Supervalu focusing on record number of food stamp recipients
Food stamps account for 40 percent of sales at Supervalu's Save-A-Lot stores.
Eden Prairie-based Supervalu is one of a handful of grocery chains changing the way it operates to accommodate the record number of food stamp recipients.
From opening supermarkets at midnight, when government benefits are loaded onto food-stamp cards, to promoting higher-priced bulk items earlier in the month, the new strategies show that the number of people using EBT cards to feed themselves has grown too large for groceries not to take notice.
According to a Bloomberg report, EBT cards account for 40 percent of sales at Supervalu's Save-A-Lot chains. As food stamp benefits dwindle later in the month, Save-A-Lot promotes smaller-sized items to accommodate customers with dwindling EBT balances.
As of November, 511,343 Minnesotans were on food stamps -- more people than live in Minneapolis and Duluth combined. The number of Minnesotans on food stamps increased 15.8 percent from September 2010 to last September, representing the third-highest jump in the country.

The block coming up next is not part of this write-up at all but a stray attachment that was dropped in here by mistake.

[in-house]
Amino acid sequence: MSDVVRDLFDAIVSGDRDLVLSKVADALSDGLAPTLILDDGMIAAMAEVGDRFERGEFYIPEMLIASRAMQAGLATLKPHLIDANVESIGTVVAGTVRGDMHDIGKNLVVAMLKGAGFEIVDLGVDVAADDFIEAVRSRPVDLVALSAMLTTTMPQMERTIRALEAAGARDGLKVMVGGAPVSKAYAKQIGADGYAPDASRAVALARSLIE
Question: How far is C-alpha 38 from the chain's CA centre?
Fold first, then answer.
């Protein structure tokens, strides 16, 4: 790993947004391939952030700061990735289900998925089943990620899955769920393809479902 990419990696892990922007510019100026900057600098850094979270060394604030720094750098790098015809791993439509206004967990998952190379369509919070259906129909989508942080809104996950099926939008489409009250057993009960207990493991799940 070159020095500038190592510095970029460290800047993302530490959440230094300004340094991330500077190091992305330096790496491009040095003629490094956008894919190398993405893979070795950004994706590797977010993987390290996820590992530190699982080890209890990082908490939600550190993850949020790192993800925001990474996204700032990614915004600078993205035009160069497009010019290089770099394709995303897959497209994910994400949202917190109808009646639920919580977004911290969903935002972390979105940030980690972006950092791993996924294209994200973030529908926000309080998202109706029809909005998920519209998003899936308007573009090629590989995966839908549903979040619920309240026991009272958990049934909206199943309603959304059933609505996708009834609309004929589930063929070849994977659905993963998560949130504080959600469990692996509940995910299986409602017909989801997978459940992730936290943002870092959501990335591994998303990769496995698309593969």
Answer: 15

In the Bloomberg report, Supervalu CEO Craig Herkert is quoted as saying his stores are learning how to market to people using EBT cards. "You have to merchandise to it, and in some cases, run your stores to it," he said.
Supervalu's focus on low-income customers is part of the company's turnaround plan. With just over $38 billion in revenue in 2010, the company ranked as the fourth largest in Minnesota. But Supervalu was the only company out of the state's 15 largest to experience a revenue decrease from 2009 to 2010 (from $42 to $38 billion).
So while food-stamp recipients might not buy high-margin items, it appears that after a rough 2010, Supervalu is taking steps to better understand the plight of many of its customers and respond accordingly. It's a way to turn a profit even in the midst of a stagnating economy.
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